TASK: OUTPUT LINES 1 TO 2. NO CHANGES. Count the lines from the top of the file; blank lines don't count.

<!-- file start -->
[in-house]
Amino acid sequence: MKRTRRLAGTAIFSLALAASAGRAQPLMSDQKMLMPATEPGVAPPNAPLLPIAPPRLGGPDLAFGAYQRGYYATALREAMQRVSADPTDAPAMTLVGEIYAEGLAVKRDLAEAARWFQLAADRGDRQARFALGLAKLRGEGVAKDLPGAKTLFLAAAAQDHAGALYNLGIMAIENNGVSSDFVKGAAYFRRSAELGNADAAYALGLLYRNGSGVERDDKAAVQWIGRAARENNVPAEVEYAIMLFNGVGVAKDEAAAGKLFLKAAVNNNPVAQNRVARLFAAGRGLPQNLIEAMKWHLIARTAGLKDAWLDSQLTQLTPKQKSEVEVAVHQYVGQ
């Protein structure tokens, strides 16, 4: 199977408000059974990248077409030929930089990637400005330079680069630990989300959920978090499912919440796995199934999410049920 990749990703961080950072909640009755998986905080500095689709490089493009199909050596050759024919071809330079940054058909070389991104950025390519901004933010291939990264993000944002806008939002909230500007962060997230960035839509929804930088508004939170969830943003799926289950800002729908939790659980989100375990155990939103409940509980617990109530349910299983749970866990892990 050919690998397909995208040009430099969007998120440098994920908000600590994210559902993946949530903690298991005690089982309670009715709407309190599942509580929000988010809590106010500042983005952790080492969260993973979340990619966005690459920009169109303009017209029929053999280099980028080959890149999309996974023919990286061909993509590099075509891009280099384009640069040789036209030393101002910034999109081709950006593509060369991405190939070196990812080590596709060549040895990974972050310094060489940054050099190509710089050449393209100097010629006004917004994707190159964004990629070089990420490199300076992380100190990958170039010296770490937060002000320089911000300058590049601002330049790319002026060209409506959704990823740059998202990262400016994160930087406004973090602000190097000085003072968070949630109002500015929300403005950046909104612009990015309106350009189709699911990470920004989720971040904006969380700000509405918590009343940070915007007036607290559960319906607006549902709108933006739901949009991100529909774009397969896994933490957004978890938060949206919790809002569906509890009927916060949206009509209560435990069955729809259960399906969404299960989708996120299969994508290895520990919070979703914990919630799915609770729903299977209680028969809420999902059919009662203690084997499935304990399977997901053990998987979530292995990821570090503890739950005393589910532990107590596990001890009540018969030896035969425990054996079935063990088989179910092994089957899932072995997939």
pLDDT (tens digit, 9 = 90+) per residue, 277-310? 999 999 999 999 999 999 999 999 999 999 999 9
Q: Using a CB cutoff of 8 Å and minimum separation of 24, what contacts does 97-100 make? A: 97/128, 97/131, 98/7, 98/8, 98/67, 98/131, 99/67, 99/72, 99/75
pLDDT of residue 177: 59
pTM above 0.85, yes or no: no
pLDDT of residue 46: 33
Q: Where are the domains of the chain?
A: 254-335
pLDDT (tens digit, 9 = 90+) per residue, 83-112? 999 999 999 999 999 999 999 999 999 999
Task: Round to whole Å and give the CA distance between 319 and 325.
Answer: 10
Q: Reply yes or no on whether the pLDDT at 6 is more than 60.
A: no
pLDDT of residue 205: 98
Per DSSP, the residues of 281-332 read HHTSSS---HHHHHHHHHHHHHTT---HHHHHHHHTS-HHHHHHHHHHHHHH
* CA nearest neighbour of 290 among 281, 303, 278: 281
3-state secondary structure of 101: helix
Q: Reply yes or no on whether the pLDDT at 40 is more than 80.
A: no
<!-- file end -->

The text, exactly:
[in-house]
Amino acid sequence: MKRTRRLAGTAIFSLALAASAGRAQPLMSDQKMLMPATEPGVAPPNAPLLPIAPPRLGGPDLAFGAYQRGYYATALREAMQRVSADPTDAPAMTLVGEIYAEGLAVKRDLAEAARWFQLAADRGDRQARFALGLAKLRGEGVAKDLPGAKTLFLAAAAQDHAGALYNLGIMAIENNGVSSDFVKGAAYFRRSAELGNADAAYALGLLYRNGSGVERDDKAAVQWIGRAARENNVPAEVEYAIMLFNGVGVAKDEAAAGKLFLKAAVNNNPVAQNRVARLFAAGRGLPQNLIEAMKWHLIARTAGLKDAWLDSQLTQLTPKQKSEVEVAVHQYVGQ